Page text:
Zillow is a real estate company that offers various products targeted at both home buyers and sellers. Its services include, amongst other, advertising tools for agents and other real estate professionals, a home-buying business, or marketplace to advertise homes for sale and rent.
Zillow makes money by flipping homes (and charging a sales fee), collecting fees for leads, as well as the interest it charges for its home loans. The business model of Zillow is comprised of three distinct segments, namely Homes, IMT, and Mortgages.
Founded in 2005 and headquartered in Seattle, Zillow has become America’s leading online real estate site. Zillow went public in 2011. Nowadays, over 236 million people visit the company’s various web properties every month.
What Is Zillow?
Zillow is an online real estate marketplace that offers various services for both home buyers and sellers.
Its platform comprises anything related to the purchase, sale, rental, and loan financing of a home. The company’s goal is to equip consumers with the necessary data and knowledge about anything related to homes.
For buyers, the company offers homes directly sold by Zillow through its Zillow Offers program. Alternatively, buyers can buy homes directly from the owner, through foreclosures, or with the help of an agent (through the Zillow Premier Agent program).
On the rentals side, Zillow offers an array of features that aid its users to find a new place to stay. Apart from browsing rental listings, users, for instance, can submit an application through Zillow to speed up the credit and background check process, use its affordability calculator to determine their budget, or pay online on the Zillow platform instead of using checks.
For sellers, Zillow offers three primary options. They can:
- List their homes directly on the company’s website. Its famous Zestimates tool allows home sellers to assess the value of their home so that they don’t miss out on any profits
- Work with an agent vetted by Zillow to help them sell their property. Zillow’s Agent Finder feature allows them to search for real estate agents, home improvement professionals, property managers, inspectors, photographers, or any other service they need.
- Sell their house directly to Zillow through its Zillow Offers program. Sellers receive quasi-instant offers (often within a few hours), can choose their move-out date, while having the repair covered by Zillow.
Lastly, on the side of the borrowers, multiple options are provided. In 2018, Zillow acquired Mortgage Lender of America to become part of its platform. Zillow, therefore, offers mortgages directly to consumers. Furthermore, the firm partners up with other lenders to offer loans on its mortgage marketplace. Lastly, it also provides various tools such as a mortgage calculator to aid borrowers during the loan application process.
Apart from its own set of products and services, Zillow has acquired over 12 businesses in its company history. Some of these companies remain to be standalone entities, which simply complement Zillow’s portfolio of real estate products. Examples include HotPads, Naked Apartments, StreetEasy, Out East, or Trulia.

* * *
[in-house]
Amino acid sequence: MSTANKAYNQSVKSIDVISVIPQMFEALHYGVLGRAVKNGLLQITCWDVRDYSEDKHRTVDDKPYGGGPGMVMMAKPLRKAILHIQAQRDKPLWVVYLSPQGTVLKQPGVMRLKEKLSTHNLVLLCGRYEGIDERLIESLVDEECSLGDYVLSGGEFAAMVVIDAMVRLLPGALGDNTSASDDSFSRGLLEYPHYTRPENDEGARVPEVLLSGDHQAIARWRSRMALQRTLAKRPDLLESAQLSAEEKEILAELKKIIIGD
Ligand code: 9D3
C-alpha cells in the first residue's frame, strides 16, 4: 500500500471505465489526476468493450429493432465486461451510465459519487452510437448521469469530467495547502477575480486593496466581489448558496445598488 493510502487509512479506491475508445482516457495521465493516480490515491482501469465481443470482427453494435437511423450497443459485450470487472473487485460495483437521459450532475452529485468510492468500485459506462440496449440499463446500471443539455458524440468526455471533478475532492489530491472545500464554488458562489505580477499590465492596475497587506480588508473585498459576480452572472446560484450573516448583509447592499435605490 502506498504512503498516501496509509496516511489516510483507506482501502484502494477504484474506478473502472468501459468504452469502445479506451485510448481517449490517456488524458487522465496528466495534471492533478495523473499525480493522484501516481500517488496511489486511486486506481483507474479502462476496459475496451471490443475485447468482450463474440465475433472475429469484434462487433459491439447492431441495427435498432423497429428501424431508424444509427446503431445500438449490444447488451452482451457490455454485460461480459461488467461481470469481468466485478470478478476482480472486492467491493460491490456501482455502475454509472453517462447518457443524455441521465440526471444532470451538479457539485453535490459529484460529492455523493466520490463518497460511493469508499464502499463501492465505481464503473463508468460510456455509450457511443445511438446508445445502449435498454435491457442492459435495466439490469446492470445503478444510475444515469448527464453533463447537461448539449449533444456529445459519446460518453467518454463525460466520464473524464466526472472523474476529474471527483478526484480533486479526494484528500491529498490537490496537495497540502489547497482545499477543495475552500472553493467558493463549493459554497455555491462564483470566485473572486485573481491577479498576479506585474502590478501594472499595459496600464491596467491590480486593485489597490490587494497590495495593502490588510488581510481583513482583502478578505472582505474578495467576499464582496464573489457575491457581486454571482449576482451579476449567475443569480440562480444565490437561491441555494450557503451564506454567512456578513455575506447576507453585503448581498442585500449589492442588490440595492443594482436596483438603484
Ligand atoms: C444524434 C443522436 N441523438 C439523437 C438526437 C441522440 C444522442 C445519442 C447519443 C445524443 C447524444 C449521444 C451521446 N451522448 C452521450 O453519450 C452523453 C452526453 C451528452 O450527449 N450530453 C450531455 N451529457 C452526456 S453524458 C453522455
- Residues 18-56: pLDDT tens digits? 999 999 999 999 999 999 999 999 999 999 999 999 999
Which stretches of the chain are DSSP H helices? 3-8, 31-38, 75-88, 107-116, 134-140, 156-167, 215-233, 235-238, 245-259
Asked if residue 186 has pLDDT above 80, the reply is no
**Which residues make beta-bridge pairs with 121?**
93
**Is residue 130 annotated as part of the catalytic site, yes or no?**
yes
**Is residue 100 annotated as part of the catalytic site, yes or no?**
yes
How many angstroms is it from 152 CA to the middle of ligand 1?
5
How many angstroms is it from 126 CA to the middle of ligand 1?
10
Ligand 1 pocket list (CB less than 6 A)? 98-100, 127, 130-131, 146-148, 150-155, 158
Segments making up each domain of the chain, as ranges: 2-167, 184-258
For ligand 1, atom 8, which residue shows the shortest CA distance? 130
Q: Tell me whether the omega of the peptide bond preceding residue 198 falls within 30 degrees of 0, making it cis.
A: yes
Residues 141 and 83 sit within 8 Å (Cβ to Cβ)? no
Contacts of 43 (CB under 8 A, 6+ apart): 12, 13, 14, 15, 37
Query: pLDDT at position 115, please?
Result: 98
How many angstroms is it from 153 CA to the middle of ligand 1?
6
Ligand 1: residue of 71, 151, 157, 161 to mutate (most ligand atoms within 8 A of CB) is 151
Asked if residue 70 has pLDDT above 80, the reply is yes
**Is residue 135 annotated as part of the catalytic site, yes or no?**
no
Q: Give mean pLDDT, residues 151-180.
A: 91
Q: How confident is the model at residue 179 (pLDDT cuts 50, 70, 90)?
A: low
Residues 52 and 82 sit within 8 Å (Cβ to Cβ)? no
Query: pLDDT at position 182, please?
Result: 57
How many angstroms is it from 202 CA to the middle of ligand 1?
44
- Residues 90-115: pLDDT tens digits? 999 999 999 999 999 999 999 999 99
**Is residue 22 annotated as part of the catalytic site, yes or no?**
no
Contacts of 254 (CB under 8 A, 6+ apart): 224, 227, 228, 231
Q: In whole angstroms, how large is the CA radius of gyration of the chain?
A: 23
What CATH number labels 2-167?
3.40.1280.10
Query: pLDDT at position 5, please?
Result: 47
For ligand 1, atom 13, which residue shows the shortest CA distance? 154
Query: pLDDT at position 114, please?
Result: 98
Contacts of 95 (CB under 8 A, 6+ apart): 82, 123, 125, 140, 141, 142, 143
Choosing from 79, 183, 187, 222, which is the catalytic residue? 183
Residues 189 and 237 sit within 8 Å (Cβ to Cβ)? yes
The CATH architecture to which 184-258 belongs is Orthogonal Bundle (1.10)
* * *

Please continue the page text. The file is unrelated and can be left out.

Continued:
Zillow Company History
Zillow, based out of Seattle, Washington, was founded in 2005 by Rich Barton (CEO) as well as Lloyd Frink.
Barton is one of the most-accomplished tech entrepreneurs of our time. After graduating from Stanford in the late 1980s and working for two years in consulting, he moved to Seattle to join Microsoft in 1991.
In 1994, the tech giant planned to enter the travel industry by creating a travel guide, which’d be distributed via CD-ROM. That is until Barton chipped in.
At the time, HTML-based services specifically designed for travel agents were beginning to take off. They allowed them to essentially work from home while expanding their sales reach. Barton felt that this would be a much larger opportunity for Microsoft.
He pitched his idea to Bill Gates and Steve Ballmer. The duo agreed to fund his project, which launched to the web in 1996 as Expedia.com.
Expedia became an instant success. Two years later, in 1998, the company was spun off from Microsoft in response to the internet craze of the late 1990s. This allowed them to go public as a separate company, which it ultimately did in 1999.
Barton, who led the company through IPO, was only 27 years of age at the time. He stayed on for another four years. In 2003, IAC/InterActiveCorp paid $3.6 billion to acquire a 100 percent stake of the company, making Barton rich overnight.
That same year, he’d end up leaving Expedia and be replaced by Dara Khosrowshahi, who led the company as CEO for the next 14 years and went on to become Uber’s CEO in 2017.
Barton, after a year’s break, was ready to tackle the next opportunity. Over the past few years, he often cited the two features he looks at when starting or investing in a business:
- Information asymmetry in the market, such as a lack of transparency or hardly accessible and unreliable data
- The ability to have users generate the content themselves, which accelerates the company’s flywheel effect
He used this mantra when he first started Expedia (prices for trips were highly untransparent with travel agents pocketing high markup fees) and became one of the main investors in companies like Glassdoor or Nextdoor.
And that very same ethos would serve him when him and Frink would go on to launch Zillow in 2005. In the year prior, both Barton and Frink were trying to shop for a new house in Seattle.
What they encountered was a high level of frustration and insecurity. Public housing data was hard to come by, often stored in various archives and databases across both the web and bureaus. Realtors were trying to maximize their profits, often leaving them with different offers for the same property.
With that problem set in mind, the team got to work. They hired Stan Humphries, who was spearheading Expedia’s analytics division, to lead its algorithm teams. His team spent months collecting housing data from various data sources, digitizing it, and making it publicly available on Zillow’s website.
Another key hire became Spencer Rascoff, a Harvard grad who co-founded Hotwire in 1999 and sold it to IAC, the very same company Expedia got acquired by. Hotwire was merged into the Expedia Group, and Rascoff stayed there for close to two years, becoming acquainted with Barton in the process.
To get a nice head start, Barton and team received $32 million in backing from two venture-capital firms, Benchmark Capital and Technology Crossover Ventures. This allowed them to hire 75 employees and refining the product, which launched into beta in February 2006.